Marijuana: Recreational Advocacy Sabotages Support For Medicinal Research

The taboo topic of marijuana is splitting America at state lines. While the drug is illegal on a federal level, Individual states are taking opposing stances on its legalization in regards its use, psychoactivity, and possession incrimination.


I would venture to say that the debate of recreational v. medicinal use is actually stigmatizing marijuana research, making it difficult to find funding and fully understand its benefits or risks. While the public is so concerned with WHO should be able to legally utilize marijuana, we must rather educate ourselves on HOW marijuana has so many diverse effects.


How it works

Marijuana is a very complex plant with over 400 chemicals, 15% of which make up the active ingredients that are cannabinoid-based. Cannabidiol, Cannabinol, and THC are the among the most popular cannabinoids in marijuana, as they are responsible for both the psychotropic and medically beneficial effects of the drug.


So how does these work in our brain? Well, our brain actually has a system in which we make and use our own cannabinoids, called endocannabinoids (eCB). Two common forms of eCBs are anandamide (AEA) and 2-arachidonoylglycerol (2-AG), which are made and released in the brain.


These molecules bind to cannabinoid receptors (cB1 receptors) and can hold a number functions. For example, one function includes its inhibitory effects. When the eCB is released, transports back up to the pre-synaptic neuron, and shuts down the pathway and causes its pain-relieving, or analgesic, effects.


The medicinal benefit of marijuana use

THC and Cannabinol have psychotropic effects that are responsible for the user ‘high,’ but Cannabidiol does not. Not only does it lack the ‘high,’ but it also has many therapeutic benefits found in preclinical trials. These include anti-seisure, anti-inflammatory, anti-psychotic, analgesic, and neuroprotective properties.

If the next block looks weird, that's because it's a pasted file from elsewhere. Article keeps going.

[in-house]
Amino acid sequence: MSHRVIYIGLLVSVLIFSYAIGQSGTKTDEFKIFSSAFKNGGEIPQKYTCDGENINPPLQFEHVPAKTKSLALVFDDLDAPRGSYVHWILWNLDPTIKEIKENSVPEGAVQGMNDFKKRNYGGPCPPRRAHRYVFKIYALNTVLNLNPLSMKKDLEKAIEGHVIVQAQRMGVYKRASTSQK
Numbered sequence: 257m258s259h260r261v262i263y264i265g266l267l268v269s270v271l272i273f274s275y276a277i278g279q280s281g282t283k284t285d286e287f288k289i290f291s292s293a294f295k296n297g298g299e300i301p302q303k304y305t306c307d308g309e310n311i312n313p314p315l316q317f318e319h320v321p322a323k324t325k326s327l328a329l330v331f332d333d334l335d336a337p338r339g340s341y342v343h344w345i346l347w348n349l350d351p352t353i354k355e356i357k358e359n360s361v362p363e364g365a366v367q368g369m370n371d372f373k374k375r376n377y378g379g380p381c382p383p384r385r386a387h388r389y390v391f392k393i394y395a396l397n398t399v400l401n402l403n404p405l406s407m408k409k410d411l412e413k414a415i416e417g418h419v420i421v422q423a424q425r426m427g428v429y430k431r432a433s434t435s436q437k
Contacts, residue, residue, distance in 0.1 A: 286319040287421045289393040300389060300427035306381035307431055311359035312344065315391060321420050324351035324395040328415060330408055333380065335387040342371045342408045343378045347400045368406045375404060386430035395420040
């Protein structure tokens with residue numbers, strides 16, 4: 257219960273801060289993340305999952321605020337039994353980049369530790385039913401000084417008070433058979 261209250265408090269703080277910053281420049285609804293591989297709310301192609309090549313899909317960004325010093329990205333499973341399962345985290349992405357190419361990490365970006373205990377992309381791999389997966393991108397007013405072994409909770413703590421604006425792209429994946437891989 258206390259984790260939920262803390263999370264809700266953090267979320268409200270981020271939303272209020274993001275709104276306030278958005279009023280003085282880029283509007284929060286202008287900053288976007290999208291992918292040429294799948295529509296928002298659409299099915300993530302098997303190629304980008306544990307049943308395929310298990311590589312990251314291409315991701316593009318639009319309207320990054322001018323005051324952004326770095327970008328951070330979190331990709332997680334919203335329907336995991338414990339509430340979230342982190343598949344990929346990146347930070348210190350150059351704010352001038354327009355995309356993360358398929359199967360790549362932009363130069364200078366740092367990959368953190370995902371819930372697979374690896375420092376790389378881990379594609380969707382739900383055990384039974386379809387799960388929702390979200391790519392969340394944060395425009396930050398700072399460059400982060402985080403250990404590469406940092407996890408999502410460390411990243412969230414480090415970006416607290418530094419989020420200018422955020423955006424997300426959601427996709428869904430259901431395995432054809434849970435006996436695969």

If researchers were able to isolate this ingredient, the medical use of the altered marijuana would then run through the same FDA testing for approval as any other legal medication. However, research and funding is needed to get marijuana to this point in the process.


The recreational harm of marijuana use

Marijuana on our streets today is not the same marijuana baby boomers were smoking in the 1970’s. In the 1990’s, marijuana had about 3.1% THC content- marijuana tested in 2014 had 6.1% THC, almost doubling in the past 20 years.


Not only are growers increasing levels of THC content to induce a more effective high, they are developing new ways of administering the drug. They have now created cannabis oil extracts, which are inhaled and contain an astonishing 50-70% THC.


With increasing levels of THC, one must also consider its propensity for addiction. It’s a common sentiment that marijuana is not ‘that’ addictive, which does hold some truth when compared to hard drugs like cocaine and methamphetamine.


30% of marijuana users develop marijuana use disorder, in which they feel dependency and withdrawal symptoms, but subside after 2 weeks of their last use. If withdrawal symptoms continue, it is considered an addiction and develops in 9% of marijuana users. As THC content increases, so does their risk for developing an addiction.


So who should use?

THC and other psychotropic ingredients in marijuana increases its potential for abuse and decreases one’s cognitive judgement. These negative components are not grounds for consideration of legalizing recreational use of marijuana.


However, that it not to say that marijuana doesn’t have a potential benefit to our society. By isolating the beneficial components without the negative side effects, we can be one step closer to legalizing medical marijuana. Being an educated member of society and advocating for continued research on this topic will collectively empower us to improve patient outcomes.